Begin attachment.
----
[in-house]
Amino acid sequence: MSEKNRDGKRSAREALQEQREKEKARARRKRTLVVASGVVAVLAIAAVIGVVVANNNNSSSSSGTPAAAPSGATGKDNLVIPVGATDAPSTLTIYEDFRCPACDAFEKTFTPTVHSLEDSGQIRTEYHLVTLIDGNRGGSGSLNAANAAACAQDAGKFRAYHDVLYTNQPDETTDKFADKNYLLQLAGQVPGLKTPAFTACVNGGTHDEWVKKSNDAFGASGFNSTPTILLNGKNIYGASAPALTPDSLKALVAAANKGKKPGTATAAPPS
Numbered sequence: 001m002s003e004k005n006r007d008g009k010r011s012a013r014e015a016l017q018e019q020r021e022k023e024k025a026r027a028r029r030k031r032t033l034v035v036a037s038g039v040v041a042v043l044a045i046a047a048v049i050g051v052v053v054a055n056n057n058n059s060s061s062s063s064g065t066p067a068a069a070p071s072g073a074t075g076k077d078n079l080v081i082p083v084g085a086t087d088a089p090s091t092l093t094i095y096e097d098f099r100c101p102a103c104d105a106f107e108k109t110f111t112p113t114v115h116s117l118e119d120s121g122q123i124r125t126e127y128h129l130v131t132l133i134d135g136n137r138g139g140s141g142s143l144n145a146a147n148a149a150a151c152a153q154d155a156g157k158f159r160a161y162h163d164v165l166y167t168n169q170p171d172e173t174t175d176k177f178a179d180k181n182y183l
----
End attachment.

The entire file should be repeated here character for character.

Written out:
[in-house]
Amino acid sequence: MSEKNRDGKRSAREALQEQREKEKARARRKRTLVVASGVVAVLAIAAVIGVVVANNNNSSSSSGTPAAAPSGATGKDNLVIPVGATDAPSTLTIYEDFRCPACDAFEKTFTPTVHSLEDSGQIRTEYHLVTLIDGNRGGSGSLNAANAAACAQDAGKFRAYHDVLYTNQPDETTDKFADKNYLLQLAGQVPGLKTPAFTACVNGGTHDEWVKKSNDAFGASGFNSTPTILLNGKNIYGASAPALTPDSLKALVAAANKGKKPGTATAAPPS
Numbered sequence: 001m002s003e004k005n006r007d008g009k010r011s012a013r014e015a016l017q018e019q020r021e022k023e024k025a026r027a028r029r030k031r032t033l034v035v036a037s038g039v040v041a042v043l044a045i046a047a048v049i050g051v052v053v054a055n056n057n058n059s060s061s062s063s064g065t066p067a068a069a070p071s072g073a074t075g076k077d078n079l080v081i082p083v084g085a086t087d088a089p090s091t092l093t094i095y096e097d098f099r100c101p102a103c104d105a106f107e108k109t110f111t112p113t114v115h116s117l118e119d120s121g122q123i124r125t126e127y128h129l130v131t132l133i134d135g136n137r138g139g140s141g142s143l144n145a146a147n148a149a150a151c152a153q154d155a156g157k158f159r160a161y162h163d164v165l166y167t168n169q170p171d172e173t174t175d176k177f178a179d180k181n182y183l